A few years back, I enrolled in a writing course at my local community college. I’d been away from writing for many years at that point and knew I needed to brush up on my skills. We were instructed to bring in five pages of a piece we were working on to each class.
I chose a short story I’d written in college, eighteen years ago. In the weeks leading up to the class, I did a lot of revising. In fact, I was horrified after my first read through of this piece I’d written so long ago. The story was utter crap filled with the most cookie-cutter, senseless dialogue that would have been rejected by The Brady Bunch for being too hokey. Not sure how I passed that class. Maybe you just had to show up.
That story, originally titled The Attic but changed to Annabel, was actually well-liked by the class at my community college. Of course, this came after heavy revisions. After my first read-through, I was surprised that I’d held onto a story as lacking as this one was. Most of the stories written during my early college years were horrible, but I was only starting out. Surely, a masterpiece couldn’t have been expected.
Hanging onto a binder from a Creative Writing class stuffed with forgettable and badly-written stories for almost eighteen years? Who does that?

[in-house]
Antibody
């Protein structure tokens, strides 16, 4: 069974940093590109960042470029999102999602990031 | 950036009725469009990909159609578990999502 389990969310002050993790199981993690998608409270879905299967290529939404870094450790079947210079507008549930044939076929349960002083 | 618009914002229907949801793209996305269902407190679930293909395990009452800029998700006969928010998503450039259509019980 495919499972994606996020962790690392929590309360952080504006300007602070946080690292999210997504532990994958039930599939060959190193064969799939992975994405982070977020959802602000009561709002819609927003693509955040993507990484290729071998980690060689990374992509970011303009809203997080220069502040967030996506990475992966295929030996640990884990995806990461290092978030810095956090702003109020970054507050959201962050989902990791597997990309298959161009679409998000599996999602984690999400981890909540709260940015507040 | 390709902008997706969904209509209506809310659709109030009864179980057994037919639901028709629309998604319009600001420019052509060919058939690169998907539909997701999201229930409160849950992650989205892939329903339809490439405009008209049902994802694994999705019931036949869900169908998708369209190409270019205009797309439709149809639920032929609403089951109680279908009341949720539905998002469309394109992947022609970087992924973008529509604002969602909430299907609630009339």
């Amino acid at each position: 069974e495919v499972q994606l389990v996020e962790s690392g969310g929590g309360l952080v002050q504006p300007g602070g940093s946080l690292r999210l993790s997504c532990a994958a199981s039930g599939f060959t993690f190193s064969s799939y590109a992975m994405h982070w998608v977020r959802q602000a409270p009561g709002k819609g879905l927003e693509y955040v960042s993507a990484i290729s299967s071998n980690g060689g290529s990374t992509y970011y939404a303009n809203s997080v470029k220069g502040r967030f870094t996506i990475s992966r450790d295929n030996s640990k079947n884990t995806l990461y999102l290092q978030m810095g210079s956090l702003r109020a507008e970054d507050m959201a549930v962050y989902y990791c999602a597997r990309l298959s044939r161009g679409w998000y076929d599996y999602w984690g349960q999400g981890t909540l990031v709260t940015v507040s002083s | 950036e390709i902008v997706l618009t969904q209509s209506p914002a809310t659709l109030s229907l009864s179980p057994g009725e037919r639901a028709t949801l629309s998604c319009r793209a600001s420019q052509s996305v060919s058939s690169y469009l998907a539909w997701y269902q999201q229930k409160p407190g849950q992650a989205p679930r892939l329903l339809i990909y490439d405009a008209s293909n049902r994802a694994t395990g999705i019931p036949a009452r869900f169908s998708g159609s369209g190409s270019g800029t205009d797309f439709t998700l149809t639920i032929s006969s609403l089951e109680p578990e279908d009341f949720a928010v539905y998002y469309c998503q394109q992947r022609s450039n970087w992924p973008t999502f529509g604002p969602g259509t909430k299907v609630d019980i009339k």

I imagine tossing out anything I had written, even the crap, seemed unfathomable to me. So I kept my old stories. For eighteen years. And good thing I did because after a third, fourth, and fifth reread I found that maybe I was on to a little something, all those years ago.
I recently signed a contract for a different short story I had written while I was a student in that small class of about eight classmates almost two decades ago. We’d huddle around one large table and share with each other our creative works.
I don’t think at twenty-two years old I envisioned my future forty-year old self someday revising the stories I was writing and getting them published. But I did and I am. I have more stories to dig up from my past, and though they’ll be far from masterpieces, I’m sure I will find something in those stories worth breathing new life into.
Most people deserve a second chance. Shouldn’t old, tucked-away, not-so-great, stories get one, too?
In the writing course I took at my community college, a woman let it be known that she throws away old work. The class reacted as though she confessed to storing human heads in her refrigerator.
Apparently, I’m not the only writer who believes imperfect, old stories should be kept and given a second chance.
Even if it’s eighteen-years later.
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